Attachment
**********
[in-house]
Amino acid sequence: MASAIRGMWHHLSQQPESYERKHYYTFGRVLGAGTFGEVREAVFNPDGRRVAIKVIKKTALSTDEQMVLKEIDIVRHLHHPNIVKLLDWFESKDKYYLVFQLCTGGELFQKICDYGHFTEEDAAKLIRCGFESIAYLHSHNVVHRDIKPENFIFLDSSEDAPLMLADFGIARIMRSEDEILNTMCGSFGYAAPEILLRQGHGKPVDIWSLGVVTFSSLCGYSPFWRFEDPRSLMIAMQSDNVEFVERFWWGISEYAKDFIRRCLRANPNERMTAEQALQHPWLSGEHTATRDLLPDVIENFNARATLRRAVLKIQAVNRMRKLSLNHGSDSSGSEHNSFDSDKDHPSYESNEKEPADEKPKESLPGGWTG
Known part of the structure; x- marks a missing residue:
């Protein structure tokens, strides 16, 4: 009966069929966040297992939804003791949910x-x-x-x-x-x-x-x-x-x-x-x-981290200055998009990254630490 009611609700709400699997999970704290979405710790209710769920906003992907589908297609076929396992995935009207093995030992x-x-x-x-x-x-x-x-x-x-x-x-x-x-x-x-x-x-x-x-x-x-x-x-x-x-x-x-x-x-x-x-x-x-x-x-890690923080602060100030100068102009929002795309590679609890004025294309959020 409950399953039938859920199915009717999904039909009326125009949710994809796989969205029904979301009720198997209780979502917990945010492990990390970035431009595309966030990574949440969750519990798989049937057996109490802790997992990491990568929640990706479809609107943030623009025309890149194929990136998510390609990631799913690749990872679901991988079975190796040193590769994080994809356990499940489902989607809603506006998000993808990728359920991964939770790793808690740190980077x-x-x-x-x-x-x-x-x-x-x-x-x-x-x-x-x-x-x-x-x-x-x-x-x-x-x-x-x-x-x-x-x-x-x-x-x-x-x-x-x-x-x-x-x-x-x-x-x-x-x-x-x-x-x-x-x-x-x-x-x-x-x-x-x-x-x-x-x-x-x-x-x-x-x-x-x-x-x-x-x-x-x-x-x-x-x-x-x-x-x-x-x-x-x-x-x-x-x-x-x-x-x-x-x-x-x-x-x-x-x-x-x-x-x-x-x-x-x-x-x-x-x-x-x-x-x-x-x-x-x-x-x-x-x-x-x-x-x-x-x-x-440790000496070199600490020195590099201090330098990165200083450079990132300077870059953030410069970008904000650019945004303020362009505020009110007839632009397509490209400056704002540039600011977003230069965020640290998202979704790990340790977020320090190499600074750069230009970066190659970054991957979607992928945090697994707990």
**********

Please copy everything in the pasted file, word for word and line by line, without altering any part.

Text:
[in-house]
Amino acid sequence: MASAIRGMWHHLSQQPESYERKHYYTFGRVLGAGTFGEVREAVFNPDGRRVAIKVIKKTALSTDEQMVLKEIDIVRHLHHPNIVKLLDWFESKDKYYLVFQLCTGGELFQKICDYGHFTEEDAAKLIRCGFESIAYLHSHNVVHRDIKPENFIFLDSSEDAPLMLADFGIARIMRSEDEILNTMCGSFGYAAPEILLRQGHGKPVDIWSLGVVTFSSLCGYSPFWRFEDPRSLMIAMQSDNVEFVERFWWGISEYAKDFIRRCLRANPNERMTAEQALQHPWLSGEHTATRDLLPDVIENFNARATLRRAVLKIQAVNRMRKLSLNHGSDSSGSEHNSFDSDKDHPSYESNEKEPADEKPKESLPGGWTG
Known part of the structure; x- marks a missing residue:
């Protein structure tokens, strides 16, 4: 009966069929966040297992939804003791949910x-x-x-x-x-x-x-x-x-x-x-x-981290200055998009990254630490 009611609700709400699997999970704290979405710790209710769920906003992907589908297609076929396992995935009207093995030992x-x-x-x-x-x-x-x-x-x-x-x-x-x-x-x-x-x-x-x-x-x-x-x-x-x-x-x-x-x-x-x-x-x-x-x-890690923080602060100030100068102009929002795309590679609890004025294309959020 409950399953039938859920199915009717999904039909009326125009949710994809796989969205029904979301009720198997209780979502917990945010492990990390970035431009595309966030990574949440969750519990798989049937057996109490802790997992990491990568929640990706479809609107943030623009025309890149194929990136998510390609990631799913690749990872679901991988079975190796040193590769994080994809356990499940489902989607809603506006998000993808990728359920991964939770790793808690740190980077x-x-x-x-x-x-x-x-x-x-x-x-x-x-x-x-x-x-x-x-x-x-x-x-x-x-x-x-x-x-x-x-x-x-x-x-x-x-x-x-x-x-x-x-x-x-x-x-x-x-x-x-x-x-x-x-x-x-x-x-x-x-x-x-x-x-x-x-x-x-x-x-x-x-x-x-x-x-x-x-x-x-x-x-x-x-x-x-x-x-x-x-x-x-x-x-x-x-x-x-x-x-x-x-x-x-x-x-x-x-x-x-x-x-x-x-x-x-x-x-x-x-x-x-x-x-x-x-x-x-x-x-x-x-x-x-x-x-x-x-x-x-440790000496070199600490020195590099201090330098990165200083450079990132300077870059953030410069970008904000650019945004303020362009505020009110007839632009397509490209400056704002540039600011977003230069965020640290998202979704790990340790977020320090190499600074750069230009970066190659970054991957979607992928945090697994707990």